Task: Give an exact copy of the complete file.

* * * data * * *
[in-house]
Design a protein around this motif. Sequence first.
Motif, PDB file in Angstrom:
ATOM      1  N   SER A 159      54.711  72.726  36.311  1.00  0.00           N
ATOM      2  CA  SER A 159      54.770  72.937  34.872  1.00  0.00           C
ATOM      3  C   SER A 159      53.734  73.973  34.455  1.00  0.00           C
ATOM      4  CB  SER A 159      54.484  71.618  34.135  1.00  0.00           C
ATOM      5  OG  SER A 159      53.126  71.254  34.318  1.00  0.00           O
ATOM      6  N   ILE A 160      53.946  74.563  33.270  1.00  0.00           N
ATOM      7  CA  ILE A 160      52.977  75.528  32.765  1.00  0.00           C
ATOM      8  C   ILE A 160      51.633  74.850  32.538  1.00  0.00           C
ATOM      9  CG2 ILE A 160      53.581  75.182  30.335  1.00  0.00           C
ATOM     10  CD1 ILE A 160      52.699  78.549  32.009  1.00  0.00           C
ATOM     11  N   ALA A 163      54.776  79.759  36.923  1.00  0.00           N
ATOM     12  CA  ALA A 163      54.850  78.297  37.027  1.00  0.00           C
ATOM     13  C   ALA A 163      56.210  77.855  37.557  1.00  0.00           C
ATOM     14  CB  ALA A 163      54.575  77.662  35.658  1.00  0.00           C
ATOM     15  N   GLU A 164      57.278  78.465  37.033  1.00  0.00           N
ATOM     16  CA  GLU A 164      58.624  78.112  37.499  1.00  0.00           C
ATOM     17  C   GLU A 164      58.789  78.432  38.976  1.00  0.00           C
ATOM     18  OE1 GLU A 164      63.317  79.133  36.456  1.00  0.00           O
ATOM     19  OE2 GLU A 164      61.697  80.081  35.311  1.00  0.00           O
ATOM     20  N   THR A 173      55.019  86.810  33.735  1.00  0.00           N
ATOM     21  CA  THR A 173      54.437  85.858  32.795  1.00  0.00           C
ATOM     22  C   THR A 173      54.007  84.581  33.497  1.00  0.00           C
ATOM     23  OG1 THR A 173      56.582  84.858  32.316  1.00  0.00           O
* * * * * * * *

[in-house]
Design a protein around this motif. Sequence first.
Motif, PDB file in Angstrom:
ATOM      1  N   SER A 159      54.711  72.726  36.311  1.00  0.00           N
ATOM      2  CA  SER A 159      54.770  72.937  34.872  1.00  0.00           C
ATOM      3  C   SER A 159      53.734  73.973  34.455  1.00  0.00           C
ATOM      4  CB  SER A 159      54.484  71.618  34.135  1.00  0.00           C
ATOM      5  OG  SER A 159      53.126  71.254  34.318  1.00  0.00           O
ATOM      6  N   ILE A 160      53.946  74.563  33.270  1.00  0.00           N
ATOM      7  CA  ILE A 160      52.977  75.528  32.765  1.00  0.00           C
ATOM      8  C   ILE A 160      51.633  74.850  32.538  1.00  0.00           C
ATOM      9  CG2 ILE A 160      53.581  75.182  30.335  1.00  0.00           C
ATOM     10  CD1 ILE A 160      52.699  78.549  32.009  1.00  0.00           C
ATOM     11  N   ALA A 163      54.776  79.759  36.923  1.00  0.00           N
ATOM     12  CA  ALA A 163      54.850  78.297  37.027  1.00  0.00           C
ATOM     13  C   ALA A 163      56.210  77.855  37.557  1.00  0.00           C
ATOM     14  CB  ALA A 163      54.575  77.662  35.658  1.00  0.00           C
ATOM     15  N   GLU A 164      57.278  78.465  37.033  1.00  0.00           N
ATOM     16  CA  GLU A 164      58.624  78.112  37.499  1.00  0.00           C
ATOM     17  C   GLU A 164      58.789  78.432  38.976  1.00  0.00           C
ATOM     18  OE1 GLU A 164      63.317  79.133  36.456  1.00  0.00           O
ATOM     19  OE2 GLU A 164      61.697  80.081  35.311  1.00  0.00           O
ATOM     20  N   THR A 173      55.019  86.810  33.735  1.00  0.00           N
ATOM     21  CA  THR A 173      54.437  85.858  32.795  1.00  0.00           C
ATOM     22  C   THR A 173      54.007  84.581  33.497  1.00  0.00           C
ATOM     23  OG1 THR A 173      56.582  84.858  32.316  1.00  0.00           O